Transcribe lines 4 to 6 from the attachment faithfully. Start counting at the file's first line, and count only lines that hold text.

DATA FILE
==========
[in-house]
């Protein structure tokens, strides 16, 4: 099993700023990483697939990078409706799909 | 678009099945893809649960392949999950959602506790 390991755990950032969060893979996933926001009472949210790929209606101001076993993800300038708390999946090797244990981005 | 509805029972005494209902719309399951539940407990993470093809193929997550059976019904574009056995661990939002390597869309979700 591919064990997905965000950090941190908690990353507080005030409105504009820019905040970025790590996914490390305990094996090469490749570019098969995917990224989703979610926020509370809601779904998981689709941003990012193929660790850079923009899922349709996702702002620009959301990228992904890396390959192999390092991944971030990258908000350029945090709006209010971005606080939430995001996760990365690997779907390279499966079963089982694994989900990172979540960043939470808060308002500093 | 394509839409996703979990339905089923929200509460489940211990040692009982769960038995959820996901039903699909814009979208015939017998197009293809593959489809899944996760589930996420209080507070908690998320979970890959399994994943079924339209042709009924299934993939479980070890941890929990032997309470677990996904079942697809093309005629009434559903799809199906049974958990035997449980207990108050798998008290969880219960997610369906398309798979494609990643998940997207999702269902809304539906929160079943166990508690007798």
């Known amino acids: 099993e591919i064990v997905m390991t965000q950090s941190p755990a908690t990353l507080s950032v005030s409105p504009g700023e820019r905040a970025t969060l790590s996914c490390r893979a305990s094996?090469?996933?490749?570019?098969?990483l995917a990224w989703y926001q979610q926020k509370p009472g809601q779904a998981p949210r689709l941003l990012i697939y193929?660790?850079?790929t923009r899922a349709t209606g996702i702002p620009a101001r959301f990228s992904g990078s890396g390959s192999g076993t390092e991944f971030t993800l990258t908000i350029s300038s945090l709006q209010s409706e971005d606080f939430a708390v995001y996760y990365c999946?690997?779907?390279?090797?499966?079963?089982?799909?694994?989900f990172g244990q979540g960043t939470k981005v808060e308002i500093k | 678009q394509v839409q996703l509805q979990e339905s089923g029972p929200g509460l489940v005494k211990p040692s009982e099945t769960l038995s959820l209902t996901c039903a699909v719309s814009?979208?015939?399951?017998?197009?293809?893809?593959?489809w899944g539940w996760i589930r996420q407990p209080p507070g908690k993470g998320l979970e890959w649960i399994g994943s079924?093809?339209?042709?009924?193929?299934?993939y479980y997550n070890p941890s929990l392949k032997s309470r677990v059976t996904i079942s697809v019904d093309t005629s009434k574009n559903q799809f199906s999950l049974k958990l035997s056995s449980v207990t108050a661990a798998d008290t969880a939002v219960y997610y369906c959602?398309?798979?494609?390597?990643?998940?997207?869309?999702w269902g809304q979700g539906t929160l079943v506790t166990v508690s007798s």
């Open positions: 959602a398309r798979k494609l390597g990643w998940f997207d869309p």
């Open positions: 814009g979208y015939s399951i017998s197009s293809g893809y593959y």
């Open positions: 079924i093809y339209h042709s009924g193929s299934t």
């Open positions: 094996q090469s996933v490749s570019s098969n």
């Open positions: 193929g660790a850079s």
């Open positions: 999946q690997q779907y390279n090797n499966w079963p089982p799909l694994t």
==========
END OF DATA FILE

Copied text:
């Open positions: 959602a398309r798979k494609l390597g990643w998940f997207d869309p």
């Open positions: 814009g979208y015939s399951i017998s197009s293809g893809y593959y």
């Open positions: 079924i093809y339209h042709s009924g193929s299934t």